SUPPORT THE GIRLS (dir. Andrew Bujalski): Film review

A common refrain in the world of workplace woes goes like this: “People don’t quit jobs. They quit managers.” This is undoubtedly true for the handful of jobs I’ve left. It’s a given that almost every occupation features the same garden variety annoyances as any other. It just comes down to how well the worker is equipped to deal, which typically comes from way the company is run, and the attitudes of those running it. Even the most surface-level demeaning jobs become tolerable when the employee feels necessary. The opposite is true as well. What appears to be a dream job may only be that way to outsiders.

Andrew Bujalski (Computer Chess) has kept this notion at the center of his latest film, Support the Girls, which follows a single turbulent day in the life of Lisa (Regina Hall), the manager of Double Whammies, a Hooters-esque sports bar on the side of a Texas highway. Granted, working at such a place is hardly an ideal source of income, but somebody has got to do it, and Lisa has made it her thankless mission to make sure her team of servers – all of whom are required to expose some skin and lightly flirt to upsell beers—are treated with respect by both the customers and the restaurant owner, Cubby (James Le Gros), even if it means putting her own problems on the back burner for a while.

support-the-girls-reviewThings aren’t easy for Lisa. She’s short staffed due to the actions of an impulsive employee. The cable is out due to a sloppy break-in. She’s got problems at home of an ambiguous nature. And above all, she just can’t help herself but to go out of her way to assist those around her. It’s no wonder she begins the movie in tears.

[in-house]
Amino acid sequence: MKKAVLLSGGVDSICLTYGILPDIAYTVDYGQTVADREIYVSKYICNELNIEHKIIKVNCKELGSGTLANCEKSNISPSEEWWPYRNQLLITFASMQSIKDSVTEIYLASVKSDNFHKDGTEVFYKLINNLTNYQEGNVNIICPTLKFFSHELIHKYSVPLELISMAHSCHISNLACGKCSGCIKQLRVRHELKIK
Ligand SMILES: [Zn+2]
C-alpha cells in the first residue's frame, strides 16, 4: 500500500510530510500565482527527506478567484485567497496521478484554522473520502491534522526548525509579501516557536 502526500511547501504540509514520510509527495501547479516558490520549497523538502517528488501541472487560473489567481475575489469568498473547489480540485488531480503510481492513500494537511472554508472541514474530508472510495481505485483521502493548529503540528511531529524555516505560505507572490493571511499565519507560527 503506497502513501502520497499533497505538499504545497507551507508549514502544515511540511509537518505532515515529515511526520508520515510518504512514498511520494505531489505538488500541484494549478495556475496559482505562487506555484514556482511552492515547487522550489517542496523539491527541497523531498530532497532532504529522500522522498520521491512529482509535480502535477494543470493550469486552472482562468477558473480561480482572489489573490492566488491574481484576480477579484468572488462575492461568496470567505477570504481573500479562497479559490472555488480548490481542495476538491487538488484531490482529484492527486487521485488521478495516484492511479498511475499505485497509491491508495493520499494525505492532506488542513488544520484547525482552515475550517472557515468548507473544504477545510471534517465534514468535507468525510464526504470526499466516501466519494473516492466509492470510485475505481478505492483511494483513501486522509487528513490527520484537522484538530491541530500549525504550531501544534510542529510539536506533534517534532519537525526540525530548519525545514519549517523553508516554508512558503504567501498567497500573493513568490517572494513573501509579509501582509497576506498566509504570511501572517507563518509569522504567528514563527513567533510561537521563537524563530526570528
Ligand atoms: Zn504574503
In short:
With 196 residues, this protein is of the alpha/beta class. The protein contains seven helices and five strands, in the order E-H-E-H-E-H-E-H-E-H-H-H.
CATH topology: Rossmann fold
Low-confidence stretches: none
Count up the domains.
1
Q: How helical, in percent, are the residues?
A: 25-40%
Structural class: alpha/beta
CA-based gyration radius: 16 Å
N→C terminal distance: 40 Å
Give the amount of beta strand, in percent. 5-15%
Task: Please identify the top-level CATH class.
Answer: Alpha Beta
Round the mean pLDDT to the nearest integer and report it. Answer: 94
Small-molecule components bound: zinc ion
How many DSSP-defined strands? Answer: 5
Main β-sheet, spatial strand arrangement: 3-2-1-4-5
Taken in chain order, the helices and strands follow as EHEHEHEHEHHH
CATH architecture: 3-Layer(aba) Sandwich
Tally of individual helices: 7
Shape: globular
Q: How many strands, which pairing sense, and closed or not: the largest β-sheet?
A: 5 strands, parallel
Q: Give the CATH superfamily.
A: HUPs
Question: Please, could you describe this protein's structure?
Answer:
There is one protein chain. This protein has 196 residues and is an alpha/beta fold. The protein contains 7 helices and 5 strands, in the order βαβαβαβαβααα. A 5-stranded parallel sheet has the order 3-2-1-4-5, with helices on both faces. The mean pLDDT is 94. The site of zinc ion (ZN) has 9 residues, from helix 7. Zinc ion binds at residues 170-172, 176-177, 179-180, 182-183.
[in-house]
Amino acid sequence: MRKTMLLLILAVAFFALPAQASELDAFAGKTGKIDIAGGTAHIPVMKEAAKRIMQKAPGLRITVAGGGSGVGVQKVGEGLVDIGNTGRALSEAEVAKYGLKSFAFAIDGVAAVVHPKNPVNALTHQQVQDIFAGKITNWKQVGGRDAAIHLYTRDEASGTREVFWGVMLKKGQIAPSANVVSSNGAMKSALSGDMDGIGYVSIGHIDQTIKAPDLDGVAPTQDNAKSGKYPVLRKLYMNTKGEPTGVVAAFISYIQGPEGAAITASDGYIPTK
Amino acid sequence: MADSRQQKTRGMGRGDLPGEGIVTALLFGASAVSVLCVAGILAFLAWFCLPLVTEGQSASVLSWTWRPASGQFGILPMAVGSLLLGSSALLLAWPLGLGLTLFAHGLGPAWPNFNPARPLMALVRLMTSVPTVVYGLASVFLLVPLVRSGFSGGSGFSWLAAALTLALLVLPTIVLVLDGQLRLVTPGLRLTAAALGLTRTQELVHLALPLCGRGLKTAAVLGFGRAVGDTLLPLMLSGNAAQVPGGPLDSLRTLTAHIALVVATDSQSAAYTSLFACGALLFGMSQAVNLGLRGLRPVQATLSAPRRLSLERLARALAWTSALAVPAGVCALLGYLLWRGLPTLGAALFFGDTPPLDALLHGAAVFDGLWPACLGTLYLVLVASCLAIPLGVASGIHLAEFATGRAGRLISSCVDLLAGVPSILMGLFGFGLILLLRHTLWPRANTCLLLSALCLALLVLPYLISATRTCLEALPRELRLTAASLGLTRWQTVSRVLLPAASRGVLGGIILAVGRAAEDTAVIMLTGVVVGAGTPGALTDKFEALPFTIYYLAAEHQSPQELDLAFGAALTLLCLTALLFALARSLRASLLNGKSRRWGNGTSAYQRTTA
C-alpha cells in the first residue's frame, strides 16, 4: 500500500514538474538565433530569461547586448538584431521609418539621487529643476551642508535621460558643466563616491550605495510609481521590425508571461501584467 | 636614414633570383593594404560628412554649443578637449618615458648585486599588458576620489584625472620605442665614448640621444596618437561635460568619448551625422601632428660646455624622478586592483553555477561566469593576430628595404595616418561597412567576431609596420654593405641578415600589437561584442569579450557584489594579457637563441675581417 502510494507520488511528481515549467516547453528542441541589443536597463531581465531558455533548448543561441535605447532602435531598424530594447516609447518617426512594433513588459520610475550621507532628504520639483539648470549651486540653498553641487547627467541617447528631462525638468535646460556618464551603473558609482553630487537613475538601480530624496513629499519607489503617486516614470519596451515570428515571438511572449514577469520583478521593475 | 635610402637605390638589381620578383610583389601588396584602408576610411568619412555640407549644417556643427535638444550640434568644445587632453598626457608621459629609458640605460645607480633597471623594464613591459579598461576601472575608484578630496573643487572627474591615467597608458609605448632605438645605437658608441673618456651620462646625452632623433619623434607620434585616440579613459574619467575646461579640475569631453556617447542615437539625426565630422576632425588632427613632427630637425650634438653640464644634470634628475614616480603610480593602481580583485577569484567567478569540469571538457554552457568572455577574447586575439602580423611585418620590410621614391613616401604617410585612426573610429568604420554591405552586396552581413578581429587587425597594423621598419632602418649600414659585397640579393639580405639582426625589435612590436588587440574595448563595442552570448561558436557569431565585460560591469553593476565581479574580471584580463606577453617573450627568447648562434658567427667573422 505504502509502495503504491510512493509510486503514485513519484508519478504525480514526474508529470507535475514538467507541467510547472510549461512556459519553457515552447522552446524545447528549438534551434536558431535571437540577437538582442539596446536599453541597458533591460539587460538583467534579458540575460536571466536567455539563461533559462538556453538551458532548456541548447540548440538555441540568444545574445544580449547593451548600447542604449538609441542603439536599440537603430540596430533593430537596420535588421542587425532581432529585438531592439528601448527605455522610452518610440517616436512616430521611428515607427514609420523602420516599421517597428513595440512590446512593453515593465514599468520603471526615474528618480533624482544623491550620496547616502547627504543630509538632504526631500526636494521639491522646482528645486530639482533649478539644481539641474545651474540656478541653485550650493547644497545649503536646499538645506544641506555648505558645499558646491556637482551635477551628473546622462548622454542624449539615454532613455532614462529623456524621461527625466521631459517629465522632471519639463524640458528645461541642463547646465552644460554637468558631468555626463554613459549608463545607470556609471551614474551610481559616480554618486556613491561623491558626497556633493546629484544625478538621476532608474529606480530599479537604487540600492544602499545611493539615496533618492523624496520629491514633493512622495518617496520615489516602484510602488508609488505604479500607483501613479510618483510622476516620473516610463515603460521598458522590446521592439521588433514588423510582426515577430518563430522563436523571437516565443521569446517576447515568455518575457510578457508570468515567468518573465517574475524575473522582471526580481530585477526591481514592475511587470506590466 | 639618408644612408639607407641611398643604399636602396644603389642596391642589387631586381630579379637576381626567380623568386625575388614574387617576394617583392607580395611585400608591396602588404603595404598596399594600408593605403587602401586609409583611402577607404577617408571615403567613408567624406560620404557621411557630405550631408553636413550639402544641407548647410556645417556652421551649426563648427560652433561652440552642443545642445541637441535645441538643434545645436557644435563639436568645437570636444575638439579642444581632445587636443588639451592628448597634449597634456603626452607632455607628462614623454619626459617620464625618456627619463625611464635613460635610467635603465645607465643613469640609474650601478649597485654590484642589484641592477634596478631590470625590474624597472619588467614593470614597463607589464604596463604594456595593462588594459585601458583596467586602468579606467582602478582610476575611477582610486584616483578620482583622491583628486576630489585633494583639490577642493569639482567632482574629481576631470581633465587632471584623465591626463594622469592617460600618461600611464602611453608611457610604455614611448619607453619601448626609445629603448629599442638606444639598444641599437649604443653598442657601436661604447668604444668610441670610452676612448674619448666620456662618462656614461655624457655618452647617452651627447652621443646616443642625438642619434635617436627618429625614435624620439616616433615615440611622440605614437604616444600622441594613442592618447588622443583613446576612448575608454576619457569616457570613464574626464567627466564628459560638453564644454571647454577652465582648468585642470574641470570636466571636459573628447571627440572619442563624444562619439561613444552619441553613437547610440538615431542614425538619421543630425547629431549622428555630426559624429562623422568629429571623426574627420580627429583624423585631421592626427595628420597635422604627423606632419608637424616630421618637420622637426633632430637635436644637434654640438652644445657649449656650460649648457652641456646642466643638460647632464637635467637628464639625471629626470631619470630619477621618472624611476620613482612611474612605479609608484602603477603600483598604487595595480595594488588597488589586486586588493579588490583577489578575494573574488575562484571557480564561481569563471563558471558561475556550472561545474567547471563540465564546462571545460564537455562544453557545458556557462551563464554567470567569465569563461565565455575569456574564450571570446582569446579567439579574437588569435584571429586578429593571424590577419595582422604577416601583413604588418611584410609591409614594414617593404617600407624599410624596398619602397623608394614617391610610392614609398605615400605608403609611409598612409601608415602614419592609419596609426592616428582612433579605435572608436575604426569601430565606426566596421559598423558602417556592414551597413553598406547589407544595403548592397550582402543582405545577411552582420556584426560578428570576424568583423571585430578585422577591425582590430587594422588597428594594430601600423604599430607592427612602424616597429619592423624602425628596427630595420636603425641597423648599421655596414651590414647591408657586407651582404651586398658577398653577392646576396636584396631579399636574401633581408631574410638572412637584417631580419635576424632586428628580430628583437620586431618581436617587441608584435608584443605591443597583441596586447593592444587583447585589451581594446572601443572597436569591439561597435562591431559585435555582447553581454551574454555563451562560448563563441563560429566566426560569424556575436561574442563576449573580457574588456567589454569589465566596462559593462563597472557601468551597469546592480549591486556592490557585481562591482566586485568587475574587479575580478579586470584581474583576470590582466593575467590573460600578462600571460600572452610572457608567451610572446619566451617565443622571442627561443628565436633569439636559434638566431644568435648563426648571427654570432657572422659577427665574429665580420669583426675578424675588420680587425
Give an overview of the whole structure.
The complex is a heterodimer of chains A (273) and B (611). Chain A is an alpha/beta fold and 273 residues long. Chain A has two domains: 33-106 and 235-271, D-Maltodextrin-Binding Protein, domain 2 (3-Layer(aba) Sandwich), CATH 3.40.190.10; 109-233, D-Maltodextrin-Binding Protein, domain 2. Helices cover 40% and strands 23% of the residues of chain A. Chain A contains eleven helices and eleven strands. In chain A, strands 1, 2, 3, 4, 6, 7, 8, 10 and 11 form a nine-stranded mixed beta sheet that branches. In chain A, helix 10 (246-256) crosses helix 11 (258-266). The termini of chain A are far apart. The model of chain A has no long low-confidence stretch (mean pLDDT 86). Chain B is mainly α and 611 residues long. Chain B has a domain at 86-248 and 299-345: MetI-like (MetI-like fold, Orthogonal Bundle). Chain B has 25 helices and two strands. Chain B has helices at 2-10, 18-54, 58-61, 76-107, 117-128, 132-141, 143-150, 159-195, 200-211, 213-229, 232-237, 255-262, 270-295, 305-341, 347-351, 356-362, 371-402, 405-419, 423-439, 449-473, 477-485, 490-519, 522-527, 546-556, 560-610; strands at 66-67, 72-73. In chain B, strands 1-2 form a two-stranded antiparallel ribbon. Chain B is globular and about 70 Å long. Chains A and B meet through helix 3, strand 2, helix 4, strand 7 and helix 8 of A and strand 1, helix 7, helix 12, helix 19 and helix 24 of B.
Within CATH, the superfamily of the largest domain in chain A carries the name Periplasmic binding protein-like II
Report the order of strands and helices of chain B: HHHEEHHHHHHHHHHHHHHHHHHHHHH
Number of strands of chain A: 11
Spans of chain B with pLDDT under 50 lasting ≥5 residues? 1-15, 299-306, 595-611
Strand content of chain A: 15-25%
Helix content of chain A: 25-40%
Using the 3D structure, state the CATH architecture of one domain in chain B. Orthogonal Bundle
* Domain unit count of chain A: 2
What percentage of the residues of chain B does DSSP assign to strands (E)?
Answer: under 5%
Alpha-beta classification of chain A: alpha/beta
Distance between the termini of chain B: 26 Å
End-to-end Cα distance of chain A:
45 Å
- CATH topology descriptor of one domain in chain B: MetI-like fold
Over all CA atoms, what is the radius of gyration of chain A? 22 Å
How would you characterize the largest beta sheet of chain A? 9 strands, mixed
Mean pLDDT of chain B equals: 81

But the tears end there. Lisa has a job to do, and way too many people rely on her to get it done.

In the tradition of the best “a day in the life” movies, Support the Girls is plotted in a way that puts its characters at the behest of their circumstances without absolving their actions of consequence, both good and bad. This gives Lisa a solid arc—that of losing and regaining control, often finding strength in unexpected places – and it allows for the thematic/moral concerns to manifest naturally.

Regina Hall really should be a household name by now. She is never not the best part of any scene she’s in, and this goes for the entirety of her career. Be it comedy, drama, or even a thriller like Philly-shot Law Abiding Citizen, Hall is always a welcome addition to any film, and it’s great to see her carry one as suited to her talents as Support the Girls. As Lisa, she is tasked with exhibiting quiet fortitude in one moment, justified anger in another, and comedic playfulness in the next. She runs the gamut fluidly and with such genuineness that I wonder if the film was written specifically for her. Furthermore, I wonder how much of what she does is even on the page at all.

Same goes for the supporting cast, which includes Haley Lu Richardson as a server who gets a little too comfortable with the customers, Shayna McHayle as a young mother who doesn’t suffer fools, and Lea DeLaria as Bobo, Double Whammies’ one female regular – the one customer who could be said to care about the well-being of the staff almost as much as Lisa.

At a lean 90 minutes, there’s not much room for fat on this one, and as a result, character depth must built through performance, making this a real blast to watch. None of it feels too heavy in the moment, but by the time we reach the primal scream of a finale, the thematic weight becomes clear as day: support those who are giving their all.

“I can take fuckin’ up all day but I can’t take not tryin’,” says Lisa to a troubled friend.

I’m reminded of a story from back in my days as a restaurant worker. In discussing my job with a particularly chatty customer, I made some sort of self-deprecating comment which exhibited shame in my occupation. The customer’s supportive response always stuck with me: “I never hate on anyone’s hustle.”

He was right. There’s no shame in putting in a honest day’s work, but there’s plenty of shame in failing to respect oneself—a message that Support the Girls puts forth with gusto.

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